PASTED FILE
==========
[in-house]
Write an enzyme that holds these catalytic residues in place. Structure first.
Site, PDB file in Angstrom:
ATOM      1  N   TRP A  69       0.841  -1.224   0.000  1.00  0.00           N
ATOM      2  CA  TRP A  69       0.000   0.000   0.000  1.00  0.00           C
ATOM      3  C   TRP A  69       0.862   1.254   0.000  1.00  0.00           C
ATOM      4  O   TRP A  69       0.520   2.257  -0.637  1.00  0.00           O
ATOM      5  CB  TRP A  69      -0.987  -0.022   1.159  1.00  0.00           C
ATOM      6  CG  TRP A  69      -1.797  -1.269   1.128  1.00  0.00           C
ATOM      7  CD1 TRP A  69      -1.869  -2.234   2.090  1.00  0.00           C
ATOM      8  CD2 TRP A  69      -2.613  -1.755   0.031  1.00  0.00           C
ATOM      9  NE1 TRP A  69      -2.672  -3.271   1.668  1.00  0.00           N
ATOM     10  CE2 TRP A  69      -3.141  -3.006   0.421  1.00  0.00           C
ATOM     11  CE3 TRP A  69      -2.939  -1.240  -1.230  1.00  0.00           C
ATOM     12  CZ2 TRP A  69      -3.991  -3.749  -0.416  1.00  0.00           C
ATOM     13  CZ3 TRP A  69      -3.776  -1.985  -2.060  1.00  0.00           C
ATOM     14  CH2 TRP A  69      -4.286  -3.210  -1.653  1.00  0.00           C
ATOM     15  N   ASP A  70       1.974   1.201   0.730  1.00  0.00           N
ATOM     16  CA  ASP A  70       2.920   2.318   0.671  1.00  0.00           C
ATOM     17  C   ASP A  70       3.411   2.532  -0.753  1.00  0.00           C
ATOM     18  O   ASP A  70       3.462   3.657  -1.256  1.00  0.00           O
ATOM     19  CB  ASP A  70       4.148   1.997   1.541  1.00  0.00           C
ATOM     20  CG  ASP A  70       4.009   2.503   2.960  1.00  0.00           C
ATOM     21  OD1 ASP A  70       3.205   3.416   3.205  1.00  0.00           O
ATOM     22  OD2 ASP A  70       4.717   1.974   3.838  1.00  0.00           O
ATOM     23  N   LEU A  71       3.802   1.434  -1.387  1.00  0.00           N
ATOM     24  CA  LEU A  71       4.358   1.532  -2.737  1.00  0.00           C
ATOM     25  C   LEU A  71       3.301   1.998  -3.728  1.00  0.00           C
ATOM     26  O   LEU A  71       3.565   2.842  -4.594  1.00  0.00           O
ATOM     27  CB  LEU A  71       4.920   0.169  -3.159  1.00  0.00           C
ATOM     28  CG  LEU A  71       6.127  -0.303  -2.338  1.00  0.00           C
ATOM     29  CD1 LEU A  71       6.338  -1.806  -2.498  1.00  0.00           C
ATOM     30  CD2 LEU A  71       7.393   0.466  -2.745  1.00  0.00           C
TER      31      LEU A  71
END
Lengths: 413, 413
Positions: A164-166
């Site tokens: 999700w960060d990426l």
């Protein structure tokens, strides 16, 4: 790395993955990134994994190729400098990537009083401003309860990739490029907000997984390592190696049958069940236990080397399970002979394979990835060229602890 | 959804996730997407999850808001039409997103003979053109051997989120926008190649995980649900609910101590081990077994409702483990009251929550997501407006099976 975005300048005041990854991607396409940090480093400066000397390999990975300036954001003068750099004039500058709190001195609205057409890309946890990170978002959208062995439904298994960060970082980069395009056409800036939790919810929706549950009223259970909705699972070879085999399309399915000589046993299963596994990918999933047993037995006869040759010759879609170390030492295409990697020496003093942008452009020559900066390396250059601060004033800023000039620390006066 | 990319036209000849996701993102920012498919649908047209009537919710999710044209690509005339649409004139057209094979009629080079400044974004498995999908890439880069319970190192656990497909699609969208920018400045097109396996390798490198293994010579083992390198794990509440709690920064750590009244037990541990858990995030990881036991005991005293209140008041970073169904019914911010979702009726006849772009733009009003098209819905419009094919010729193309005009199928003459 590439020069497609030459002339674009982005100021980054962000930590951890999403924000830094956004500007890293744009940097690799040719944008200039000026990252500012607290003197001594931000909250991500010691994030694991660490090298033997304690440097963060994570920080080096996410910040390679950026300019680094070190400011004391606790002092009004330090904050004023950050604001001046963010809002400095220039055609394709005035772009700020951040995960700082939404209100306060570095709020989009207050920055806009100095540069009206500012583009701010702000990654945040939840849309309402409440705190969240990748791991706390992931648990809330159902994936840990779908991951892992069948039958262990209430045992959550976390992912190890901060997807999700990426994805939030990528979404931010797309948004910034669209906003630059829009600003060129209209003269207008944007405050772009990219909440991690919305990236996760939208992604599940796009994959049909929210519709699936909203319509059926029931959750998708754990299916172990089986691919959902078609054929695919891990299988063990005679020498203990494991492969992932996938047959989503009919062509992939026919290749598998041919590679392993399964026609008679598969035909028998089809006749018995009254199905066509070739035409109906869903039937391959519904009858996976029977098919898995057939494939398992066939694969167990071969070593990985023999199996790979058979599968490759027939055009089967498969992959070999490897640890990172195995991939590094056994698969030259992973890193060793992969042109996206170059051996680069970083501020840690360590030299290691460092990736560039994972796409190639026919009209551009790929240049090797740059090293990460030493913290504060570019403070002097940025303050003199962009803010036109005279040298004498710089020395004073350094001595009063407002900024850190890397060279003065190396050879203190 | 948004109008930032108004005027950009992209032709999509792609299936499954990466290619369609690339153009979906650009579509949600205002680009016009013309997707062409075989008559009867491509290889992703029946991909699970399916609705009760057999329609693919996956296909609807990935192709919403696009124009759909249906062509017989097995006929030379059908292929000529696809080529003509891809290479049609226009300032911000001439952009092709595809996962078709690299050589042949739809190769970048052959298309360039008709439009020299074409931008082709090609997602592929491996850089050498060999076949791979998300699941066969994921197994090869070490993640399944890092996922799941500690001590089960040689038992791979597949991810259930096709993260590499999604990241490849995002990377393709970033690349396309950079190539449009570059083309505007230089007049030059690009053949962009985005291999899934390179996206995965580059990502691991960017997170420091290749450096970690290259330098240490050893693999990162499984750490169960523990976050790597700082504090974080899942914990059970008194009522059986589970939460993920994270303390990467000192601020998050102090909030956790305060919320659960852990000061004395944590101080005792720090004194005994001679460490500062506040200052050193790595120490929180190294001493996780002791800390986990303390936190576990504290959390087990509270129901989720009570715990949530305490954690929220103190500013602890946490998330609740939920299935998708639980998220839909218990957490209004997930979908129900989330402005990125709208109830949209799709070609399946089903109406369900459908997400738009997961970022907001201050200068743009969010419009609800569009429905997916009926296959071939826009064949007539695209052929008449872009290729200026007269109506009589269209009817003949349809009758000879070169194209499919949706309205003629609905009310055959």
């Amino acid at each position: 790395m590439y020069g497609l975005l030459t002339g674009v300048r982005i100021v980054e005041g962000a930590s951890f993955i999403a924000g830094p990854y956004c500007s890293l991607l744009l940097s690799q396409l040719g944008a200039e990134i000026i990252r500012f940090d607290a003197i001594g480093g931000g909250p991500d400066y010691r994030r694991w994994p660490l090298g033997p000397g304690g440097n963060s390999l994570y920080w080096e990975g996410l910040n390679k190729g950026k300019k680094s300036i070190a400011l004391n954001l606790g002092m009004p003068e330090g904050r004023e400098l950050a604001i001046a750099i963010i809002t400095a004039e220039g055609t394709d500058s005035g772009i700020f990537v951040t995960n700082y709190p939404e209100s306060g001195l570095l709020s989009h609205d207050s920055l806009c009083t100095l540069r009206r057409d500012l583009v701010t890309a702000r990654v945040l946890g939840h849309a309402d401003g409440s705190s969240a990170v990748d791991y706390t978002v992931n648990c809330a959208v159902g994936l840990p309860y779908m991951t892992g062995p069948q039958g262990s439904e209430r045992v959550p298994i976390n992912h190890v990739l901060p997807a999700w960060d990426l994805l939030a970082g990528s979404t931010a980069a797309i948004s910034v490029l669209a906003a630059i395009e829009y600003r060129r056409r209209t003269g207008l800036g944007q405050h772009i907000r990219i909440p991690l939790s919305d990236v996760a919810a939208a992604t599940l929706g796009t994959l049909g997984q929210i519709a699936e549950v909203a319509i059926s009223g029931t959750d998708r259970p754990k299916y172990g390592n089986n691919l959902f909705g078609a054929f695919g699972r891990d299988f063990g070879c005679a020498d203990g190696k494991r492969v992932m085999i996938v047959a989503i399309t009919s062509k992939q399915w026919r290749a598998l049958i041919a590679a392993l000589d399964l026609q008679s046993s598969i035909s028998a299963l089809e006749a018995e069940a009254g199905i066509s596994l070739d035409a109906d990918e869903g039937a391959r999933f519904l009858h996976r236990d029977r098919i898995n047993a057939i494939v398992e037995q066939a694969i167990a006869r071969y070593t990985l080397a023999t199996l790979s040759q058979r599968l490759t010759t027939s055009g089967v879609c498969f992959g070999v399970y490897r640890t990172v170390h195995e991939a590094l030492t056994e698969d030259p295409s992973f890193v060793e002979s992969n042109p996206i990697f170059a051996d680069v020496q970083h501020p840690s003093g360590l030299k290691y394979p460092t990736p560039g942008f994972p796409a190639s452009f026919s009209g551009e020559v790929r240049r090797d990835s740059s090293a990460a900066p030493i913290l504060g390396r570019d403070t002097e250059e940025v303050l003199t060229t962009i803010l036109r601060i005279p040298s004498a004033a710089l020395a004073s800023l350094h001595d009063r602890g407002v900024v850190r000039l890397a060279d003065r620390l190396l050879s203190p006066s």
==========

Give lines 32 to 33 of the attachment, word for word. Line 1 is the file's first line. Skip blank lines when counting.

ATOM     29  CD1 LEU A  71       6.338  -1.806  -2.498  1.00  0.00           C
ATOM     30  CD2 LEU A  71       7.393   0.466  -2.745  1.00  0.00           C